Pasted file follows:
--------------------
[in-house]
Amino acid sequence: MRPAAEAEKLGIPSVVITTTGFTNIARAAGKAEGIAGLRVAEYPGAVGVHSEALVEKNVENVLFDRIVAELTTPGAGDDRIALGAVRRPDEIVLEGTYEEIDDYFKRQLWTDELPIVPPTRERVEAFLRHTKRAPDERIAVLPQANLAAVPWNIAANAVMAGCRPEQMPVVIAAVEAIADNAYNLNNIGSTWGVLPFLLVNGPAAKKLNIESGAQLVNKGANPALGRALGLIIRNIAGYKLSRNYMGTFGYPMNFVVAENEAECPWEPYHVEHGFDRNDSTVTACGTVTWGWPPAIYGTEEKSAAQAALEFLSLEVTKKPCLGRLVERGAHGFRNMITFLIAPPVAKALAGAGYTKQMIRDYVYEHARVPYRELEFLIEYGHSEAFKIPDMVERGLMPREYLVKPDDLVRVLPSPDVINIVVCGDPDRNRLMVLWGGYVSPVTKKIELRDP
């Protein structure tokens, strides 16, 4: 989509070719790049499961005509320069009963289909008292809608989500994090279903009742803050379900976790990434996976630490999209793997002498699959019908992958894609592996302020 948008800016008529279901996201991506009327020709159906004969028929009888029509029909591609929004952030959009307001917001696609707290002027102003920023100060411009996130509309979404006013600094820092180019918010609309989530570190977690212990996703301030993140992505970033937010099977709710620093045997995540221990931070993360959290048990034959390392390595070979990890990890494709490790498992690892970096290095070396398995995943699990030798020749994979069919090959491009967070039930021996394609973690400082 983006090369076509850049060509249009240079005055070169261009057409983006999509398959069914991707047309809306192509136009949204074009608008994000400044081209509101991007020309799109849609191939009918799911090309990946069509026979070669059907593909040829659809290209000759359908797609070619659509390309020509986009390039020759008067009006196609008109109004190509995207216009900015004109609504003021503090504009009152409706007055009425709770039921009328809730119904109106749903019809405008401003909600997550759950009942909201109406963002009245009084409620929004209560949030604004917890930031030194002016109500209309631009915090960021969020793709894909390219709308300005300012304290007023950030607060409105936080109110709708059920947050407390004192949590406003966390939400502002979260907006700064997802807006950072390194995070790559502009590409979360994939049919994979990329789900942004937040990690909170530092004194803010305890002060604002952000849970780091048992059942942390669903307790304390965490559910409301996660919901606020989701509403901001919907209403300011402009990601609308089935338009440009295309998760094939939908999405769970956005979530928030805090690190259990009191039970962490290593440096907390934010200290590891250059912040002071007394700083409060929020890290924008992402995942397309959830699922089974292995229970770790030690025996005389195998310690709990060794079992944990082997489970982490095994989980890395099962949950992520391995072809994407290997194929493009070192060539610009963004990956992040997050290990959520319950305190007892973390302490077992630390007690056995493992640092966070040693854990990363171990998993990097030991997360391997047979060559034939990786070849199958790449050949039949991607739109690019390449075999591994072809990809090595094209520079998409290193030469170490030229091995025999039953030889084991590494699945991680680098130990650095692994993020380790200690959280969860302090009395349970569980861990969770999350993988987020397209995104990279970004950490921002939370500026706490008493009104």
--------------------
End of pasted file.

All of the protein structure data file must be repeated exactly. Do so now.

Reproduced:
[in-house]
Amino acid sequence: MRPAAEAEKLGIPSVVITTTGFTNIARAAGKAEGIAGLRVAEYPGAVGVHSEALVEKNVENVLFDRIVAELTTPGAGDDRIALGAVRRPDEIVLEGTYEEIDDYFKRQLWTDELPIVPPTRERVEAFLRHTKRAPDERIAVLPQANLAAVPWNIAANAVMAGCRPEQMPVVIAAVEAIADNAYNLNNIGSTWGVLPFLLVNGPAAKKLNIESGAQLVNKGANPALGRALGLIIRNIAGYKLSRNYMGTFGYPMNFVVAENEAECPWEPYHVEHGFDRNDSTVTACGTVTWGWPPAIYGTEEKSAAQAALEFLSLEVTKKPCLGRLVERGAHGFRNMITFLIAPPVAKALAGAGYTKQMIRDYVYEHARVPYRELEFLIEYGHSEAFKIPDMVERGLMPREYLVKPDDLVRVLPSPDVINIVVCGDPDRNRLMVLWGGYVSPVTKKIELRDP
């Protein structure tokens, strides 16, 4: 989509070719790049499961005509320069009963289909008292809608989500994090279903009742803050379900976790990434996976630490999209793997002498699959019908992958894609592996302020 948008800016008529279901996201991506009327020709159906004969028929009888029509029909591609929004952030959009307001917001696609707290002027102003920023100060411009996130509309979404006013600094820092180019918010609309989530570190977690212990996703301030993140992505970033937010099977709710620093045997995540221990931070993360959290048990034959390392390595070979990890990890494709490790498992690892970096290095070396398995995943699990030798020749994979069919090959491009967070039930021996394609973690400082 983006090369076509850049060509249009240079005055070169261009057409983006999509398959069914991707047309809306192509136009949204074009608008994000400044081209509101991007020309799109849609191939009918799911090309990946069509026979070669059907593909040829659809290209000759359908797609070619659509390309020509986009390039020759008067009006196609008109109004190509995207216009900015004109609504003021503090504009009152409706007055009425709770039921009328809730119904109106749903019809405008401003909600997550759950009942909201109406963002009245009084409620929004209560949030604004917890930031030194002016109500209309631009915090960021969020793709894909390219709308300005300012304290007023950030607060409105936080109110709708059920947050407390004192949590406003966390939400502002979260907006700064997802807006950072390194995070790559502009590409979360994939049919994979990329789900942004937040990690909170530092004194803010305890002060604002952000849970780091048992059942942390669903307790304390965490559910409301996660919901606020989701509403901001919907209403300011402009990601609308089935338009440009295309998760094939939908999405769970956005979530928030805090690190259990009191039970962490290593440096907390934010200290590891250059912040002071007394700083409060929020890290924008992402995942397309959830699922089974292995229970770790030690025996005389195998310690709990060794079992944990082997489970982490095994989980890395099962949950992520391995072809994407290997194929493009070192060539610009963004990956992040997050290990959520319950305190007892973390302490077992630390007690056995493992640092966070040693854990990363171990998993990097030991997360391997047979060559034939990786070849199958790449050949039949991607739109690019390449075999591994072809990809090595094209520079998409290193030469170490030229091995025999039953030889084991590494699945991680680098130990650095692994993020380790200690959280969860302090009395349970569980861990969770999350993988987020397209995104990279970004950490921002939370500026706490008493009104």